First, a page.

Directed by George Miller.
Starring: Tom Hardy, Charlize Theron, Nicholas Hoult, Hugh Keays-Byrne.
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Review by Josh Teggert.
Let me begin by quoting Director George Miller commenting on this release: “Losing some of the information of colour makes it somehow more iconic.”
Nearly 2 years ago to the day, Mad Max: Fury Road exploded ferociously onto the big screen. It now stands as a modern pioneer of the immense success that large franchises can achieve by using practical effects over CGI wherever possible (over 80% of the film is shot in this way). Re-released now in monochrome, this version of Mad Max: Fury Road is just as thrilling to watch as it is in colour; if in radically diverse ways.
Initial stipulations for Fury Road included making the film as colourful as possible. It is unusual, then, that Miller should be calling this desaturated edition “the best version of the movie”. In fact, this is the style in which Miller always wanted to release Fury Road, and ultimately, it isn’t hard to see why.
The 2015 version is certainly a stylish film; winning Six Academy Awards including Best Production and Costume Design. But the blend between action and monochrome is remarkably tasteful here; it can be strongly argued that Fury Road is the ideal film for this sort of translation. The black and white itself is never flat; it’s not just a simple case of putting a filter over the screen. Plenty of extra contrast is added to the image which enriches the movie nicely, creating a chilling atmosphere at points.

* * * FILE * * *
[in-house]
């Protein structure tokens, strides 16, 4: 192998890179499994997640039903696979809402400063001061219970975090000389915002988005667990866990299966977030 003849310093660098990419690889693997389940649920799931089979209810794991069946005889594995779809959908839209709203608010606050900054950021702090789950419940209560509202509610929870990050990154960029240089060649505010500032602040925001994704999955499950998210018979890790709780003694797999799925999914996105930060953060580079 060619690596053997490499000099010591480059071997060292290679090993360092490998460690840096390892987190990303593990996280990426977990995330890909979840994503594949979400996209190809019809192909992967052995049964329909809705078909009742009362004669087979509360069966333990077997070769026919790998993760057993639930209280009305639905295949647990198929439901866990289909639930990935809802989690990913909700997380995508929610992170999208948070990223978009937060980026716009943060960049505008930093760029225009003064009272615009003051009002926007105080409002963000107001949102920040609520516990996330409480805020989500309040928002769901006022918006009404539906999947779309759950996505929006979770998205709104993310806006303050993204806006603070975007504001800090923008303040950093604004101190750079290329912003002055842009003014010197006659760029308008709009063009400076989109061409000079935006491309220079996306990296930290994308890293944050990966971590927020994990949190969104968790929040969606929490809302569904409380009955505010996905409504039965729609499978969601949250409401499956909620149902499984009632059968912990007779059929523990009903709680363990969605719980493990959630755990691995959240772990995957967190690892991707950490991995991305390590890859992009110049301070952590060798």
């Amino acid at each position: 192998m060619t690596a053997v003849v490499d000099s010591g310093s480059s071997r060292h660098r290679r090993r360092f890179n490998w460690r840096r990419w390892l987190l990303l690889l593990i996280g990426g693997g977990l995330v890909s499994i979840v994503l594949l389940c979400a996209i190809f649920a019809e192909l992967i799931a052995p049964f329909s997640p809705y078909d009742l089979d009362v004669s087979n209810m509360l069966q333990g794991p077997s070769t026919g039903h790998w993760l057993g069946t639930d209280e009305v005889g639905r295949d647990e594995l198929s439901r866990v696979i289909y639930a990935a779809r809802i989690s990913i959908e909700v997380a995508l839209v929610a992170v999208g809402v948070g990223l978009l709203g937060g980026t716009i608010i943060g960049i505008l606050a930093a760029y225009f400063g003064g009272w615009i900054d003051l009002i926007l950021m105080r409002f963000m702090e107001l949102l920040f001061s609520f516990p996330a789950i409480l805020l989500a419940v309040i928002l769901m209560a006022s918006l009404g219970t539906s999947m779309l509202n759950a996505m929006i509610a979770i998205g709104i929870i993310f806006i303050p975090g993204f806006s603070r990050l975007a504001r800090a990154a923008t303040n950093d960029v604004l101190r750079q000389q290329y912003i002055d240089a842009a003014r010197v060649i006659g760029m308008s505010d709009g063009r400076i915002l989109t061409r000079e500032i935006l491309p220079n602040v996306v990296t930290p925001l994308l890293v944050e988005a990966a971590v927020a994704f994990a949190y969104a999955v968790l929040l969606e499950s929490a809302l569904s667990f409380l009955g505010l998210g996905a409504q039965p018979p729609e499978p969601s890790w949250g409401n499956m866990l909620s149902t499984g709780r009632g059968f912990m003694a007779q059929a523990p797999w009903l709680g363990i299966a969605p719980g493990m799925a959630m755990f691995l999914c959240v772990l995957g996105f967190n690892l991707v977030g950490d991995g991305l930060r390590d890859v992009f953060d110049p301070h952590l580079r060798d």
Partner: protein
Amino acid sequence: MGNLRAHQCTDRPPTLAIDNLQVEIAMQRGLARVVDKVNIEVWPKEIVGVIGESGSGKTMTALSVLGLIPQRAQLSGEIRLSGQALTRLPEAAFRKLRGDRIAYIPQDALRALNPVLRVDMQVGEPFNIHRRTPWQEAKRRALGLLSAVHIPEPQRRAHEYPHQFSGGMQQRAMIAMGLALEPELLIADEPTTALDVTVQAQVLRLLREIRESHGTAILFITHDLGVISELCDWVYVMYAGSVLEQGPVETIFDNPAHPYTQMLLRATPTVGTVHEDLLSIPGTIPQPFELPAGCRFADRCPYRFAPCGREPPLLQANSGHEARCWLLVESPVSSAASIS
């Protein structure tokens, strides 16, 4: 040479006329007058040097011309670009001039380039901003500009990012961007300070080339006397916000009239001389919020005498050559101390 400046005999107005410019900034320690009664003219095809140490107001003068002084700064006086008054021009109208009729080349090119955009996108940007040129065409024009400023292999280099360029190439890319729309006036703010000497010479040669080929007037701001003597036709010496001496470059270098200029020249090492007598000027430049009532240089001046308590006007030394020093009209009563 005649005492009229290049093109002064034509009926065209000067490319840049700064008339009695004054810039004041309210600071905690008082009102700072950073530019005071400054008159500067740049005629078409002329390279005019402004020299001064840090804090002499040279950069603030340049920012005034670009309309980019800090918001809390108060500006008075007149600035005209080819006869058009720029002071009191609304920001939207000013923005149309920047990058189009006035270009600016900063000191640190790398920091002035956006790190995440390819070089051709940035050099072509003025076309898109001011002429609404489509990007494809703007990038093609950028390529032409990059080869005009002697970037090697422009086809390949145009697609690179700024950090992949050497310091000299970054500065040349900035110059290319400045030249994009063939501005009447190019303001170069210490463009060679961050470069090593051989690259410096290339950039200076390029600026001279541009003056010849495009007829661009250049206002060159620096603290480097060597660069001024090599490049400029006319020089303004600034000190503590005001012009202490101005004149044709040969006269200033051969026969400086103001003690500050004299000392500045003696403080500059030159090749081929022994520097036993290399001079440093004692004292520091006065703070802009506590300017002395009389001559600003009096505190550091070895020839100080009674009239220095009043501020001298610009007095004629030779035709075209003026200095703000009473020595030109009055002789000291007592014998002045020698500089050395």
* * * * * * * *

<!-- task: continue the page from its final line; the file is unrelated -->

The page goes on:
Although unfortunately, in black and white it loses a lot of the emphatic impact of the flaming guitars, and the incredible stunt work isn’t quite as staggering. For a film based primarily on its visual effects, this does take its toll on the overall product.
In contrast however, the outstanding performances by the cast are wonderfully enhanced, hurling the audience back to the golden age of cinema; where movies were dependent on the principle cast’s integrity to be an effective movie, not special effects. In the moments where Fury Road isn’t putting the Fast and Furious franchise to shame with its exceptionally filmed car chases through the Australian wastelands, the personal moments are somehow even more forceful than in the original. Miller is indeed right about the absence of colour making a film feel strangely more distinctive, and Fury Road benefits enormously from this added layer.
It was announced recently that James Mangold’s gritty, dystopian superhero masterpiece, Logan, will be re-released in monochrome. Thus, it seems cinema’s adoration of black and white is sliding back into popular culture again, and by God let it endure. The possibilities for future iconic re-releases of movies in black and white are limitless, and as it does for the use of practical effects in modern times, Mad Max: Fury Road proudly stands as an embodiment of the great achievements that big budget films can accomplish if released in monochrome.
What A Lovely Way (pun intended) to watch this adrenaline-fuelled spectacle.